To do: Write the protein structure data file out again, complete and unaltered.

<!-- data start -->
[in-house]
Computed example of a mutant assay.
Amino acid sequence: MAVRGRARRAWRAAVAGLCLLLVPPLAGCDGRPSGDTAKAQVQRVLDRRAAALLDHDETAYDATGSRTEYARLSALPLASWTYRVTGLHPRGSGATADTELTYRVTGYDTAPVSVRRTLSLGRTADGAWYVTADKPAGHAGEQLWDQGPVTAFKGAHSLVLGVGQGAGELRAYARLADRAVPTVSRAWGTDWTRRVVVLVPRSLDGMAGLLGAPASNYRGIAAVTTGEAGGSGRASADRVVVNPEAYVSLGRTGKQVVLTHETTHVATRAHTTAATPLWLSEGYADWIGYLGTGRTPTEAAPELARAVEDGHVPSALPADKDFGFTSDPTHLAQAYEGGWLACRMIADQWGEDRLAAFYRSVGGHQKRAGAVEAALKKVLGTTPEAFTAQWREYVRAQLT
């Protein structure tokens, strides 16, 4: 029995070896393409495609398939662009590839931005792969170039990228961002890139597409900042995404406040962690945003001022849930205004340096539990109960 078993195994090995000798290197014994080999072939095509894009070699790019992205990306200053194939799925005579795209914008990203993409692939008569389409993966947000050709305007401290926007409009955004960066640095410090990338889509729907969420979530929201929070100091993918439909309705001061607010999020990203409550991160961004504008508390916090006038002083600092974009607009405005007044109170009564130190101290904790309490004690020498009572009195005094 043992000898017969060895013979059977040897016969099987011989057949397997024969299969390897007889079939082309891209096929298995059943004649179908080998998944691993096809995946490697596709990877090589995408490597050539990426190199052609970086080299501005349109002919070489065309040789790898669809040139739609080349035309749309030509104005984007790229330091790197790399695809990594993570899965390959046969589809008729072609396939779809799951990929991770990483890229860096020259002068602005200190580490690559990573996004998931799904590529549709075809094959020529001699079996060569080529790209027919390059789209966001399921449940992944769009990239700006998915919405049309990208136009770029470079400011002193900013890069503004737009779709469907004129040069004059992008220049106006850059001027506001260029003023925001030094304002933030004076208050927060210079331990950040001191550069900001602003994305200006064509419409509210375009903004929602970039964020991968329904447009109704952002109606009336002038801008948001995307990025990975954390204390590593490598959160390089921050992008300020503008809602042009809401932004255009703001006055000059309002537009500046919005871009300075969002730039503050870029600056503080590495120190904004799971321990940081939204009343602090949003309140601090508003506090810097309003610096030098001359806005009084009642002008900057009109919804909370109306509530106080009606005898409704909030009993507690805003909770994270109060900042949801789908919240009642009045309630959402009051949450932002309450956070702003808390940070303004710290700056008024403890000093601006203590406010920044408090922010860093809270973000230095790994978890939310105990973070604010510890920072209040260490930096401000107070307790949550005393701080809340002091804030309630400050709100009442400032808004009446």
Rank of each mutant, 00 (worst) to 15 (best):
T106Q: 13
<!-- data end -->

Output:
[in-house]
Computed example of a mutant assay.
Amino acid sequence: MAVRGRARRAWRAAVAGLCLLLVPPLAGCDGRPSGDTAKAQVQRVLDRRAAALLDHDETAYDATGSRTEYARLSALPLASWTYRVTGLHPRGSGATADTELTYRVTGYDTAPVSVRRTLSLGRTADGAWYVTADKPAGHAGEQLWDQGPVTAFKGAHSLVLGVGQGAGELRAYARLADRAVPTVSRAWGTDWTRRVVVLVPRSLDGMAGLLGAPASNYRGIAAVTTGEAGGSGRASADRVVVNPEAYVSLGRTGKQVVLTHETTHVATRAHTTAATPLWLSEGYADWIGYLGTGRTPTEAAPELARAVEDGHVPSALPADKDFGFTSDPTHLAQAYEGGWLACRMIADQWGEDRLAAFYRSVGGHQKRAGAVEAALKKVLGTTPEAFTAQWREYVRAQLT
């Protein structure tokens, strides 16, 4: 029995070896393409495609398939662009590839931005792969170039990228961002890139597409900042995404406040962690945003001022849930205004340096539990109960 078993195994090995000798290197014994080999072939095509894009070699790019992205990306200053194939799925005579795209914008990203993409692939008569389409993966947000050709305007401290926007409009955004960066640095410090990338889509729907969420979530929201929070100091993918439909309705001061607010999020990203409550991160961004504008508390916090006038002083600092974009607009405005007044109170009564130190101290904790309490004690020498009572009195005094 043992000898017969060895013979059977040897016969099987011989057949397997024969299969390897007889079939082309891209096929298995059943004649179908080998998944691993096809995946490697596709990877090589995408490597050539990426190199052609970086080299501005349109002919070489065309040789790898669809040139739609080349035309749309030509104005984007790229330091790197790399695809990594993570899965390959046969589809008729072609396939779809799951990929991770990483890229860096020259002068602005200190580490690559990573996004998931799904590529549709075809094959020529001699079996060569080529790209027919390059789209966001399921449940992944769009990239700006998915919405049309990208136009770029470079400011002193900013890069503004737009779709469907004129040069004059992008220049106006850059001027506001260029003023925001030094304002933030004076208050927060210079331990950040001191550069900001602003994305200006064509419409509210375009903004929602970039964020991968329904447009109704952002109606009336002038801008948001995307990025990975954390204390590593490598959160390089921050992008300020503008809602042009809401932004255009703001006055000059309002537009500046919005871009300075969002730039503050870029600056503080590495120190904004799971321990940081939204009343602090949003309140601090508003506090810097309003610096030098001359806005009084009642002008900057009109919804909370109306509530106080009606005898409704909030009993507690805003909770994270109060900042949801789908919240009642009045309630959402009051949450932002309450956070702003808390940070303004710290700056008024403890000093601006203590406010920044408090922010860093809270973000230095790994978890939310105990973070604010510890920072209040260490930096401000107070307790949550005393701080809340002091804030309630400050709100009442400032808004009446």
Rank of each mutant, 00 (worst) to 15 (best):
T106Q: 13